When Gawker is saying you’re a cesspool….
After seeing Stone tweet about law school — “lol @ all the Efagz pissed that I got into law school–ALL that I applied to. And my entire application was based on StickyDrama. So, nyah!” — Adrian Chen at Gawker asked his Twitter followers where Stone was going. Chen then wrote:
Attention, USC law! This man spends his free time harassing teenagers and videotaping live rapes… Admissions officers at the University of Southern California’s Gould School of Law just admitted him to their 18th-ranked program earlier this week.
We reached out to USC. They say Gawker got it wrong…
If you are considering a virtual law practice, you know that many of today’s solo firms started that way. But why are established, multi-attorney law firms going virtual?
Many small firms are successfully moving part—or even all—of their practice to a virtual setting. This even includes multi-jurisdictional practice spanning several states and practice areas, although solo and small partnerships are still the largest adopters of virtual law.
Can you do the same? The new article Mobile in Practice, Virtual by Design from author Jared Correia, Esq., explores how mobile technology bring real-life benefits to a small law firm. Read this new article—the next in Thomson Reuters’ Independent Thinking series for small firms—to explore how a mobile practice:
Reduces malpractice risk
Enables you to gather the best attorneys to fit the firm, regardless of each person’s geographic location
Leverages mobile devices and cloud technology to enable on-the-spot client and prospect communication
Transitioning in-house is something many (if not most) firm lawyers find themselves considering at some point. For many, it’s the first step in their career that isn’t simply a function of picking the best option available based on a ranking system.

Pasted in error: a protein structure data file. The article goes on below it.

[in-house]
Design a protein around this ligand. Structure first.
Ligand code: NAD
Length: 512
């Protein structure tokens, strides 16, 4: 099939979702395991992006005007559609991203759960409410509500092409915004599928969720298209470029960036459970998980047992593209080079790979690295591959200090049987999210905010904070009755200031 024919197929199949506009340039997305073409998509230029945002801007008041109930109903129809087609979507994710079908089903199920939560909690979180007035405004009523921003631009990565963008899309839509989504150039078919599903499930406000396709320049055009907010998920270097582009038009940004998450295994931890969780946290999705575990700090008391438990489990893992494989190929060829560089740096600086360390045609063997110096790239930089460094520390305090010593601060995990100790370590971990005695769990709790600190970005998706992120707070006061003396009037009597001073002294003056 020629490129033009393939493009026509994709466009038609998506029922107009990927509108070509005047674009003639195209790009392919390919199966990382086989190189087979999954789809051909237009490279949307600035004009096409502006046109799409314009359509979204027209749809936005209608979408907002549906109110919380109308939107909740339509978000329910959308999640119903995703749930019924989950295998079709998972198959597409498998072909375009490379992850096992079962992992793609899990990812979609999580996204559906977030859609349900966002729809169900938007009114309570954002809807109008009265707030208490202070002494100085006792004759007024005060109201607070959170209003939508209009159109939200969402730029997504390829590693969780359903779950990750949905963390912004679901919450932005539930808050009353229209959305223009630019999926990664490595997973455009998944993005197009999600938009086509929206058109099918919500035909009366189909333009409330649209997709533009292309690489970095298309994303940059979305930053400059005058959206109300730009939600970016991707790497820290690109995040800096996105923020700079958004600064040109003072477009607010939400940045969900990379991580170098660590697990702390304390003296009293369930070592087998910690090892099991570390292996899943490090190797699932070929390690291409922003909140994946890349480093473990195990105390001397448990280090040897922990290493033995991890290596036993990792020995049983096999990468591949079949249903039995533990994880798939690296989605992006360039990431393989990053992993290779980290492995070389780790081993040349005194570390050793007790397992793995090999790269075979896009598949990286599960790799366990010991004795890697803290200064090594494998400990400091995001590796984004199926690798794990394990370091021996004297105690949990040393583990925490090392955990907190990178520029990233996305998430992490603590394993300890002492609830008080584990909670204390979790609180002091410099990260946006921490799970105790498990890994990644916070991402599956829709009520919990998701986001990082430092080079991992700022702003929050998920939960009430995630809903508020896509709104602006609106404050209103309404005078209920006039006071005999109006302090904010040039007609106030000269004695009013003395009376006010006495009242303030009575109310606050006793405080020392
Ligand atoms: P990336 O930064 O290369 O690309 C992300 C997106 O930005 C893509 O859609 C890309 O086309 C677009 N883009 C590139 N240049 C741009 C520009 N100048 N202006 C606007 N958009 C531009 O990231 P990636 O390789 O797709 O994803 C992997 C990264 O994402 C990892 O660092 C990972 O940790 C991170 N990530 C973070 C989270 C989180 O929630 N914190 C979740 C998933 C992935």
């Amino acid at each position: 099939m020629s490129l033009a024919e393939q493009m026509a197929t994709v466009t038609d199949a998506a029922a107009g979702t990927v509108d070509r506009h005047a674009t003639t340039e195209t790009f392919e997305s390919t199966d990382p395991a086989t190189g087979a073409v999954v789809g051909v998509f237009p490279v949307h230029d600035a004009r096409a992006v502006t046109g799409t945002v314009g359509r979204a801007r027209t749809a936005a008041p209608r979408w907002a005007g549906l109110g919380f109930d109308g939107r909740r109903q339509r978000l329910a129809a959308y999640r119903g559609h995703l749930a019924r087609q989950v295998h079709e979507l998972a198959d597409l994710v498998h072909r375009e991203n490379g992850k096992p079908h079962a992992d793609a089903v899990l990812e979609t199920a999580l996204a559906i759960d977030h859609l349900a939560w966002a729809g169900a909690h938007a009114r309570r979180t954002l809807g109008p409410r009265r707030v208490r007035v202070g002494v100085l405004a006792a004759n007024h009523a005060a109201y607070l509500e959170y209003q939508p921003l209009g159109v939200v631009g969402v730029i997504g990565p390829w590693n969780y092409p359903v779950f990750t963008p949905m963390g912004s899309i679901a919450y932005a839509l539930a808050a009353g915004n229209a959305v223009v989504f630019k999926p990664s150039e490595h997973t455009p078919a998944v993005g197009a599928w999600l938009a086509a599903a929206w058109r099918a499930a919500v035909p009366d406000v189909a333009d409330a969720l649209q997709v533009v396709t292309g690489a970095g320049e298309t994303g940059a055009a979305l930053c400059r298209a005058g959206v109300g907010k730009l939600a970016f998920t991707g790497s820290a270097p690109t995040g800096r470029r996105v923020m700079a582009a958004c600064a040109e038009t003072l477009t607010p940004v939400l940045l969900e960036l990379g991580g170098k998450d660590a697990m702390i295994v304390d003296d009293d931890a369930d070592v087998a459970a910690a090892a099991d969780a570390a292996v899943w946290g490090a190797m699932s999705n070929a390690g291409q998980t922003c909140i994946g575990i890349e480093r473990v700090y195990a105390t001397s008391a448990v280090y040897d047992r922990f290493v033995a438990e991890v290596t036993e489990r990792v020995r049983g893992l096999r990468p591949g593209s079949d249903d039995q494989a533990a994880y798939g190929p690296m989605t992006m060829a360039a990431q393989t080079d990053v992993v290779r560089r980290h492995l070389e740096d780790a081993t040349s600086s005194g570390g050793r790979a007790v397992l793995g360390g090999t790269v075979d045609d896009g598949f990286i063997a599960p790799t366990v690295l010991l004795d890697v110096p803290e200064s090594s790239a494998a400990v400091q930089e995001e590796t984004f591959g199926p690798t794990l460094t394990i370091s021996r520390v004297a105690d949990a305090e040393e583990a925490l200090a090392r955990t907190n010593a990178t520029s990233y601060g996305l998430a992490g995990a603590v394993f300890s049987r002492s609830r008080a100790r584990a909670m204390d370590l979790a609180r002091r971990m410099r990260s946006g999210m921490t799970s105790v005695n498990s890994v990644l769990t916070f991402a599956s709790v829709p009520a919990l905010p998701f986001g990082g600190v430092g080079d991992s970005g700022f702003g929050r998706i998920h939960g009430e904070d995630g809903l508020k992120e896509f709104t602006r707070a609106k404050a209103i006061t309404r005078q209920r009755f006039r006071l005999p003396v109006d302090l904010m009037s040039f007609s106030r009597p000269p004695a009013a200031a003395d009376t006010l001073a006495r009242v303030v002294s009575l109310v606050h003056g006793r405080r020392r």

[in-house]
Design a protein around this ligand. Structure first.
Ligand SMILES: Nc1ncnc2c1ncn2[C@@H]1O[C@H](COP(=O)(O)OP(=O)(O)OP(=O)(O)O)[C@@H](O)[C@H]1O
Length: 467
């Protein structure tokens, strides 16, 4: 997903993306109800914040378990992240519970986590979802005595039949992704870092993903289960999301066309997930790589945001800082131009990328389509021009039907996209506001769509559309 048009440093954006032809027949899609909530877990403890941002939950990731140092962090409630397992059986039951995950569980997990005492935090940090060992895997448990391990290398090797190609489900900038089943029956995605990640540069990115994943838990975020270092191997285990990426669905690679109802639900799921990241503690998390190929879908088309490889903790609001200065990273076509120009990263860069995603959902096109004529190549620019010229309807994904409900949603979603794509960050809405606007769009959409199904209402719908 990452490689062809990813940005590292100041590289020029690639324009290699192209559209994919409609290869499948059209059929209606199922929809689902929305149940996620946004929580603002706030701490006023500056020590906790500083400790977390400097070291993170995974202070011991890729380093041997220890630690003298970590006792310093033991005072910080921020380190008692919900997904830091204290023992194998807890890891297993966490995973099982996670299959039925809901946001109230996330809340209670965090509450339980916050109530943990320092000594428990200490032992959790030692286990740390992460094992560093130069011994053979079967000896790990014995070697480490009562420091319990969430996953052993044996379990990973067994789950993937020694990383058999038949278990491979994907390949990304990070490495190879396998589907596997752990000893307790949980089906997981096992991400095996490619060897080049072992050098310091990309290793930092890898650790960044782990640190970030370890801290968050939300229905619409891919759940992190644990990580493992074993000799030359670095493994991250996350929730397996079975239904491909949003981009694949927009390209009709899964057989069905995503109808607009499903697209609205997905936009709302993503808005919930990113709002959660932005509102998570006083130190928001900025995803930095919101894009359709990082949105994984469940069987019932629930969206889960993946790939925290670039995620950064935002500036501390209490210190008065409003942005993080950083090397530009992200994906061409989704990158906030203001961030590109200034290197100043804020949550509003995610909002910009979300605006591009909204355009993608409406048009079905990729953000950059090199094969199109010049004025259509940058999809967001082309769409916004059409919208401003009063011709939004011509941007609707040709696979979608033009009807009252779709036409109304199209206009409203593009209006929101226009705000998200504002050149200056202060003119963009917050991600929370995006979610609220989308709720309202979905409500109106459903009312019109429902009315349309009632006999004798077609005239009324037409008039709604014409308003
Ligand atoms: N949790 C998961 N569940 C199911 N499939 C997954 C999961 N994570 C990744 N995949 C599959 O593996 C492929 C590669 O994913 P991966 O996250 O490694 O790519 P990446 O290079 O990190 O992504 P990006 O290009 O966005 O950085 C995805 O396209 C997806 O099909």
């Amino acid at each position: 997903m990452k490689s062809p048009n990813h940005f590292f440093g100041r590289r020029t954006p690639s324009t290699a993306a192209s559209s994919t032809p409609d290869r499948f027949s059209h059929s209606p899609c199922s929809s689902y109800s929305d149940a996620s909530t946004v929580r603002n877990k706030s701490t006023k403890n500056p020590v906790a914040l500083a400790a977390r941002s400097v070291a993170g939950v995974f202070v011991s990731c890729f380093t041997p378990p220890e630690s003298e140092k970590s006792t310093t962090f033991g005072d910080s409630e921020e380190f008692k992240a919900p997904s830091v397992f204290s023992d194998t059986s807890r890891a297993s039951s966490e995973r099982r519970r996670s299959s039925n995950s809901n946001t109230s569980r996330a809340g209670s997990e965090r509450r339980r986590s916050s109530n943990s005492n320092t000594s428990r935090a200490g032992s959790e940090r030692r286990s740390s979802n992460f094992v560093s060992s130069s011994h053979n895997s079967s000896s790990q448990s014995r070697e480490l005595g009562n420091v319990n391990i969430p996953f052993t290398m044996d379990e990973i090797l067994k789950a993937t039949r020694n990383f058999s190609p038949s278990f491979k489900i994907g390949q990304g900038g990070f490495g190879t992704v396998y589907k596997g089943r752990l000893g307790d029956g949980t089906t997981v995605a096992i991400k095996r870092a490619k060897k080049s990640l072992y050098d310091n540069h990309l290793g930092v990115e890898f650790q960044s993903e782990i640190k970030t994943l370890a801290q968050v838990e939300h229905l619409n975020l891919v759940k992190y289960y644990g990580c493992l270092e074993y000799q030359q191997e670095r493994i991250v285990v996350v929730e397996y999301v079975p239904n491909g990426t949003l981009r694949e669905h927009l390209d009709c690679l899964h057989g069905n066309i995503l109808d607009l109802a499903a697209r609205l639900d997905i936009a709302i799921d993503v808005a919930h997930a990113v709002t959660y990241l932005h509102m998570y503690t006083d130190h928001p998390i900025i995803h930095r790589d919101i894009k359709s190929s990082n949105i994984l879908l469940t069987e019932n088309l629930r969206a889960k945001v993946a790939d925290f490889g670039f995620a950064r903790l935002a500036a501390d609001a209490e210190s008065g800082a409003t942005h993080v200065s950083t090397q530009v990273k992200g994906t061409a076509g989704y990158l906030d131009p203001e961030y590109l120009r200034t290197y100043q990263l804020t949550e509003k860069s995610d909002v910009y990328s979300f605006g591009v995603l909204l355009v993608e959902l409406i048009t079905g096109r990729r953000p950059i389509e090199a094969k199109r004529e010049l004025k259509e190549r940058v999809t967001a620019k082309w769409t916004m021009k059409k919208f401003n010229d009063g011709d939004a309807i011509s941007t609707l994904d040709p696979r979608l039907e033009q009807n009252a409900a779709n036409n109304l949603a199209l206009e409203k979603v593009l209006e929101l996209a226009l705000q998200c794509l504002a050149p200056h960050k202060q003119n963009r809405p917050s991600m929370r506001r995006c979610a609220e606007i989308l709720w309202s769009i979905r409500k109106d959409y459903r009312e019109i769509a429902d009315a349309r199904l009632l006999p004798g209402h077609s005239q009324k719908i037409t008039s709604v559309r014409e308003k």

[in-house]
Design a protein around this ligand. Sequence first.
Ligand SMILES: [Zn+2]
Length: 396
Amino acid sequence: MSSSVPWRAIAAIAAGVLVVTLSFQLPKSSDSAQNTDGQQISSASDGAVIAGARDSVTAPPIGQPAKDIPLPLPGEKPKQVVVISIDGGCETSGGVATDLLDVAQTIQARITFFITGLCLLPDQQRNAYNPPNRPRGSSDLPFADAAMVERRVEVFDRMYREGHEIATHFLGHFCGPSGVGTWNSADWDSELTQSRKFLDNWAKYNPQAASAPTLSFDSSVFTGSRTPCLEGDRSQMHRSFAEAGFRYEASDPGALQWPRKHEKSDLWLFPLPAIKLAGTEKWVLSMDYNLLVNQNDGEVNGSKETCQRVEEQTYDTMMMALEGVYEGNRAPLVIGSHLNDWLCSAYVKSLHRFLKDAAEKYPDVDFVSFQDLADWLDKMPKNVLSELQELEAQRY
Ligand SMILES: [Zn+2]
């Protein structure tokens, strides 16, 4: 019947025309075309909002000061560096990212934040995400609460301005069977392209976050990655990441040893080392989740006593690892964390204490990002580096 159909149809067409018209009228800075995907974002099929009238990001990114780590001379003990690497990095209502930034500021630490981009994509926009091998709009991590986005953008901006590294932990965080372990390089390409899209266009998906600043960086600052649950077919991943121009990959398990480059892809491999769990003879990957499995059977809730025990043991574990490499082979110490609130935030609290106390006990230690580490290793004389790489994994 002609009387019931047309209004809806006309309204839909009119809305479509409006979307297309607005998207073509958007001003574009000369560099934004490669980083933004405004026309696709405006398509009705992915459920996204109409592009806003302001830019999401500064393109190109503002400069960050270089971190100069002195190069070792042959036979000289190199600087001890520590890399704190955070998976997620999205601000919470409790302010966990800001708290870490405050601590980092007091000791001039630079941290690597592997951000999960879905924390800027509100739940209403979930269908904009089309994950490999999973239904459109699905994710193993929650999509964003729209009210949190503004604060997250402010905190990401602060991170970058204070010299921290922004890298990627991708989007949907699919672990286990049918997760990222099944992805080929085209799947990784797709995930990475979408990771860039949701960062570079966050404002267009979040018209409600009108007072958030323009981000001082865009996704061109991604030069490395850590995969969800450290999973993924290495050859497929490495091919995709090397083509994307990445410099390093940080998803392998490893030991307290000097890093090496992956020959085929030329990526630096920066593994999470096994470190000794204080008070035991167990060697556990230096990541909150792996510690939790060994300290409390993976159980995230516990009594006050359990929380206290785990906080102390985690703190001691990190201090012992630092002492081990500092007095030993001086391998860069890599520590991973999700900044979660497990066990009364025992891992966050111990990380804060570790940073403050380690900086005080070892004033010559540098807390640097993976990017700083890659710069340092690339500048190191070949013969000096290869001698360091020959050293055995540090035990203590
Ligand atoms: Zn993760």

Unknown territory feels high-risk, and can have the effect of steering many of us towards the well-greased channels into large, established companies.
For those who may be open to something more entrepreneurial, there is far less information available. No recruiter is calling every week with offers and details.
In sponsorship with Betterment, ATL and David Lat will moderate a panel about life in-house and we’ll hear from GCs at Birchbox, Gawker Media, Squarespace, Bonobos, and Betterment. Drinks, snacks, networking, and a great time guaranteed. Invite your colleagues, but RSVP fast, as space is limited.
Ed. note: The Asia Chronicles column is authored by Kinney Recruiting. Kinney has made more placements of U.S. associates, counsels and partners in Asia than any other recruiting firm in each of the past seven years. You can reach them by email: firstname.lastname@example.org.
It’s that time of year again when JDs are starting to apply for 2L summer jobs and 2L summers are deciding which practice area to focus on.
For those JDs with an interest in potentially lateraling to or transferring to Asia in the future, please feel free to reach out to Kinney for advice on firm choices, interviewing and practice choices, relating to future marketability in Asia, or for a general discussion on your particular Asia markets of interest. This is of course a free of cost service for those who some years in the future may be our future industry contacts or perhaps even clients.
For some years now Kinney’s Asia head, Evan Jowers, has been formally advising Harvard Law students with such questions, as the Asia expert in Harvard Law’s “Ask The Experts Market Program” each summer and fall, with podcasts and scheduled phone calls. This has been an enjoyable and productive experience for all involved.